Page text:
Engaged Cytokine Receptors Activate Signaling Pathways

While some important cytokine receptors lie outside the class I and class II families, the majority are included within these two families. As mentioned previously, class I and class II cytokine receptors lack signaling motifs (e.g., intrinsic tyrosine kinase domains). Yet, early observations demon strated that one of the first events after the interaction of a cytokine with one of these receptors is a series of protein tyrosine phosphorylations. While these results were initially puzzling, they were explained when a unifying model emerged from studies of the molecular events triggered by binding of interferon gamma (IFN-7) to its receptor, a member of the class II family.

IFN-7 was originally discovered because of its ability to induce cells to block or inhibit the replication of a wide variety of viruses. Antiviral activity is a property it shares with IFN-a and IFN-p. However, unlike these other interferons, IFN-7 plays a central role in many immunoregulatory processes, including the regulation of mononuclear phagocytes, B-cell switching to certain IgG classes, and the support or inhibition of the development of TH-cell subsets. The discovery of the major signaling pathway invoked by interaction of IFN-7 with its receptor led to the realization that signal transduction through most, if not all, class I and class II cytokine receptors involves the following steps, which are the basis of a unifying signaling model (Figure 12-10).

■ The cytokine receptor is composed of separate subunits, an a chain required for cytokine binding and for signal transduction and a p chain necessary for signaling but with only a minor role in binding.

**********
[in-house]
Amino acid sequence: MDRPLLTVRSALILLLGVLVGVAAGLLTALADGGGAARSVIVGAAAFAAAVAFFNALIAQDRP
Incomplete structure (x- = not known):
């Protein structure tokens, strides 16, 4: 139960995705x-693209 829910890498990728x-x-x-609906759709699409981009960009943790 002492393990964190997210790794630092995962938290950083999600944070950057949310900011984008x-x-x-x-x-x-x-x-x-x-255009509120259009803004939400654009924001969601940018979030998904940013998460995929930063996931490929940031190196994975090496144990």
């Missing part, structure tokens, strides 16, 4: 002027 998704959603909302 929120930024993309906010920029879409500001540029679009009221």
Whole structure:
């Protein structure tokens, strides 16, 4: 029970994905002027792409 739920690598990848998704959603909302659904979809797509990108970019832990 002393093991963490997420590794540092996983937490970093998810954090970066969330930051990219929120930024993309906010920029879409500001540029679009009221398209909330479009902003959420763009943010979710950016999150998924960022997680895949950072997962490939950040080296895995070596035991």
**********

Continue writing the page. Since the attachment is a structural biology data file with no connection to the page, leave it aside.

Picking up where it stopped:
■ Different inactive protein tyrosine kinases are associated with different subunits of the receptor. The a chain of the receptor is associated with a novel family of protein tyrosine kinases, the Janus kinase (JAK) * family. The association of the JAK and the receptor subunit occurs spontaneously and does not require the binding of cytokine. However, in the absence of cytokine, JAKs lack protein tyrosine kinase activity.

■ Cytokine binding induces the association of the two separate cytokine receptor subunits and activation of the receptor-associated JAKs. The ability of IFN-7, which binds to a class II cytokine receptor, to bring about the association of the ligand-binding chains of its receptor has been directly demonstrated by x-ray crystallographic studies, as shown in Figure 12-11.

■ Activated JAKs create docking sites for the STAT transcription factors by phosphorylation of specific tyrosine residues on cytokine receptor subunits. Once receptor-associated JAKs are activated, they phosphorylate specific tyrosines in the receptor subunits of the

* The Roman god Janus had two faces. Kinases of the Janus family have two sites, a binding site at which they link with the cytokine receptor subunit and a catalytic site that, when activated, has protein tyrosine kinase activity. Some biochemists, wearied by the multitude of different protein kinases that have been discovered, claim JAK means Vust Another Kinase.

Dimerization of receptor

Dimerization of receptor

Tyrosine Kinase Phosphorylation

Activation of JAK family tyrosine kinases, phosphorylation of receptor

Tyrosine phosphorylation of STAT by JAK kinase

^rt Dimerization of STAT